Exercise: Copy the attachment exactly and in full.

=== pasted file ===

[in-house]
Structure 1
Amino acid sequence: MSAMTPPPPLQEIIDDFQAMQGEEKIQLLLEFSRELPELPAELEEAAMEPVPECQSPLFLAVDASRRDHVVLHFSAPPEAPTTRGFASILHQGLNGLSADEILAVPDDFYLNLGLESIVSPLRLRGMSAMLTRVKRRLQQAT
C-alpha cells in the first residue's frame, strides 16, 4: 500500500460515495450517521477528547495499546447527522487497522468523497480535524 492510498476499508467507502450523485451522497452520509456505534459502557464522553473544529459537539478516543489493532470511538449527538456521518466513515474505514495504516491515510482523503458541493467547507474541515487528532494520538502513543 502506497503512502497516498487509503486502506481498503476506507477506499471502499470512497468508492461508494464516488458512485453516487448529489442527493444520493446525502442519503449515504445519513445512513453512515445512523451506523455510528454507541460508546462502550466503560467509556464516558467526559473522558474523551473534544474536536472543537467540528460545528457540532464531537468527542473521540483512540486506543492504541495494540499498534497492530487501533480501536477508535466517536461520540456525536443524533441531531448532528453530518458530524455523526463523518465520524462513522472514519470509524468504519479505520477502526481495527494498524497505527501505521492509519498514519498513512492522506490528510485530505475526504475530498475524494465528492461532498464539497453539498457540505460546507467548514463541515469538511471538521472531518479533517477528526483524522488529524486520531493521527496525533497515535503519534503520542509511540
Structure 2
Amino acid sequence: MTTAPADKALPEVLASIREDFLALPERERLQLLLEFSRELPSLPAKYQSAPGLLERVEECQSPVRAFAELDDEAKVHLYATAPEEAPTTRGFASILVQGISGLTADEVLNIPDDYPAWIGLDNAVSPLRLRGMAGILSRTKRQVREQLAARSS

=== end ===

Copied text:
[in-house]
Structure 1
Amino acid sequence: MSAMTPPPPLQEIIDDFQAMQGEEKIQLLLEFSRELPELPAELEEAAMEPVPECQSPLFLAVDASRRDHVVLHFSAPPEAPTTRGFASILHQGLNGLSADEILAVPDDFYLNLGLESIVSPLRLRGMSAMLTRVKRRLQQAT
C-alpha cells in the first residue's frame, strides 16, 4: 500500500460515495450517521477528547495499546447527522487497522468523497480535524 492510498476499508467507502450523485451522497452520509456505534459502557464522553473544529459537539478516543489493532470511538449527538456521518466513515474505514495504516491515510482523503458541493467547507474541515487528532494520538502513543 502506497503512502497516498487509503486502506481498503476506507477506499471502499470512497468508492461508494464516488458512485453516487448529489442527493444520493446525502442519503449515504445519513445512513453512515445512523451506523455510528454507541460508546462502550466503560467509556464516558467526559473522558474523551473534544474536536472543537467540528460545528457540532464531537468527542473521540483512540486506543492504541495494540499498534497492530487501533480501536477508535466517536461520540456525536443524533441531531448532528453530518458530524455523526463523518465520524462513522472514519470509524468504519479505520477502526481495527494498524497505527501505521492509519498514519498513512492522506490528510485530505475526504475530498475524494465528492461532498464539497453539498457540505460546507467548514463541515469538511471538521472531518479533517477528526483524522488529524486520531493521527496525533497515535503519534503520542509511540
Structure 2
Amino acid sequence: MTTAPADKALPEVLASIREDFLALPERERLQLLLEFSRELPSLPAKYQSAPGLLERVEECQSPVRAFAELDDEAKVHLYATAPEEAPTTRGFASILVQGISGLTADEVLNIPDDYPAWIGLDNAVSPLRLRGMAGILSRTKRQVREQLAARSS